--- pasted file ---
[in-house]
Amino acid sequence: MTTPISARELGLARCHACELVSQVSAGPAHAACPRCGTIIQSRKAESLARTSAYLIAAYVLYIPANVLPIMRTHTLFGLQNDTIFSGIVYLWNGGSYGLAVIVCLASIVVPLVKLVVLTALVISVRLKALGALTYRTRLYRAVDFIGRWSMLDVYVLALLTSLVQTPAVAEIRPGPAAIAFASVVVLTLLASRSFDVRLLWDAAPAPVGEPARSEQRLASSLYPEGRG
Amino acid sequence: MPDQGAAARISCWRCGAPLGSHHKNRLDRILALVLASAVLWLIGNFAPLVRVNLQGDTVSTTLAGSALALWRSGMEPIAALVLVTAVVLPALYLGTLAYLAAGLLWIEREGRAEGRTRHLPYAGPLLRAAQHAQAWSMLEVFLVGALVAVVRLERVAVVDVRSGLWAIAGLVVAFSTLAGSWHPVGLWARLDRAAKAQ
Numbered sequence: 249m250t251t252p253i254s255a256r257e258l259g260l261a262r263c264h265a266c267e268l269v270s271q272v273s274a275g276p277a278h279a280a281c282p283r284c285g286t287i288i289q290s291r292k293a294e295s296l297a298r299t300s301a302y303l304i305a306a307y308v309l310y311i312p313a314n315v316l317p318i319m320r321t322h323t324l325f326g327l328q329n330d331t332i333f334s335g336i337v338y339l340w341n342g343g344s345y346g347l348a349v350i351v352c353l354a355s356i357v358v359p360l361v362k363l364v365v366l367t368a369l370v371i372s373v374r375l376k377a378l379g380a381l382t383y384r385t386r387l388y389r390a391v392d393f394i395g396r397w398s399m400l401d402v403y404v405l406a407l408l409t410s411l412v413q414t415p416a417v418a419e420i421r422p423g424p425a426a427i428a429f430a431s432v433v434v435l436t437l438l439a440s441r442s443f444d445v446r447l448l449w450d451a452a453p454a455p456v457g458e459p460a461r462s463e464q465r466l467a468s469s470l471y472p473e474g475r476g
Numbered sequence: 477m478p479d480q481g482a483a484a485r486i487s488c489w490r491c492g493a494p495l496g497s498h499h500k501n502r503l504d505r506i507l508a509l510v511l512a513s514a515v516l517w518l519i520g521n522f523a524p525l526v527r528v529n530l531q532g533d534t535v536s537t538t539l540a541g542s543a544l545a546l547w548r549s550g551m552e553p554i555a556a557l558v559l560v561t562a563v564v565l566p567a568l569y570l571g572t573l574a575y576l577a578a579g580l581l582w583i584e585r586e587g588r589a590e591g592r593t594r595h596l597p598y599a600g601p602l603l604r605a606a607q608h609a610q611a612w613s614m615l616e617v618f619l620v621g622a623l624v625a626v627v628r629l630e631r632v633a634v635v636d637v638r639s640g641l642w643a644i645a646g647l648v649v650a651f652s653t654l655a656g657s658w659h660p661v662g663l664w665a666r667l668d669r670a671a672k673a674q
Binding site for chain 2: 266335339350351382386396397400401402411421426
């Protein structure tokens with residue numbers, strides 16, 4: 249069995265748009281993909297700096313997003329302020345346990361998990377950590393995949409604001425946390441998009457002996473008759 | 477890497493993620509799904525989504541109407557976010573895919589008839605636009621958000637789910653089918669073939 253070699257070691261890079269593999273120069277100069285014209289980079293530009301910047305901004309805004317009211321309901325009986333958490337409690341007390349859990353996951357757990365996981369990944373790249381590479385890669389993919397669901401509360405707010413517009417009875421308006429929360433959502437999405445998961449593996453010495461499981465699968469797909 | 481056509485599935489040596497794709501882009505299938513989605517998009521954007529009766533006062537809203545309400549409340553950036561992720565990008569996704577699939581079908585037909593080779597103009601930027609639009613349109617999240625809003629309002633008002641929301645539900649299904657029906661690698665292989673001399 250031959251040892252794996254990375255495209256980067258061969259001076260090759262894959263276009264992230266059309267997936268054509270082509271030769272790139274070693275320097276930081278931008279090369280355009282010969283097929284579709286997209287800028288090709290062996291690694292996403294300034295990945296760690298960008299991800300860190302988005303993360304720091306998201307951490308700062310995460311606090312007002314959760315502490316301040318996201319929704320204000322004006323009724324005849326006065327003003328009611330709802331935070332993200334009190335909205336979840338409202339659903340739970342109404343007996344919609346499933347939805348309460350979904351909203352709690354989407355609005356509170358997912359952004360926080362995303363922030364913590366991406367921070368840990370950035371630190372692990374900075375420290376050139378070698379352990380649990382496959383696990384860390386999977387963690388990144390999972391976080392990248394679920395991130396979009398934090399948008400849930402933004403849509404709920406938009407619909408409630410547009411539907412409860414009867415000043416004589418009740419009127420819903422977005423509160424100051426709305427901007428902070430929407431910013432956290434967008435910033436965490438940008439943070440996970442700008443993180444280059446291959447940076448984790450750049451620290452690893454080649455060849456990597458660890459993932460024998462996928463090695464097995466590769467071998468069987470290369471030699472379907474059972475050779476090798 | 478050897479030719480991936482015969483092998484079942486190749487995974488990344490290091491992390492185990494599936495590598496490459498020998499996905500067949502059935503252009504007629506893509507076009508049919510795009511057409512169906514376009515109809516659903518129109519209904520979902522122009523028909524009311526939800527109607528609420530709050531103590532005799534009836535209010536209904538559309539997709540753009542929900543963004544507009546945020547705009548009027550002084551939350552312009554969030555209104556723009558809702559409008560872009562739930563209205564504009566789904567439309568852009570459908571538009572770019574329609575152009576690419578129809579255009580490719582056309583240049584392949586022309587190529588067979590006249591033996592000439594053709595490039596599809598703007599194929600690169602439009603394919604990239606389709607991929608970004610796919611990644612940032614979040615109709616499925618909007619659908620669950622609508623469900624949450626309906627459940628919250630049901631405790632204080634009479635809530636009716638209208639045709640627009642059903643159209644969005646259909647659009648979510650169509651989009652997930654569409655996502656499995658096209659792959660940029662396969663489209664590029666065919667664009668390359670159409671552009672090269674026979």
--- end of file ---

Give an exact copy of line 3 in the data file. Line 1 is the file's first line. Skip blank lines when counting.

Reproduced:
Amino acid sequence: MPDQGAAARISCWRCGAPLGSHHKNRLDRILALVLASAVLWLIGNFAPLVRVNLQGDTVSTTLAGSALALWRSGMEPIAALVLVTAVVLPALYLGTLAYLAAGLLWIEREGRAEGRTRHLPYAGPLLRAAQHAQAWSMLEVFLVGALVAVVRLERVAVVDVRSGLWAIAGLVVAFSTLAGSWHPVGLWARLDRAAKAQ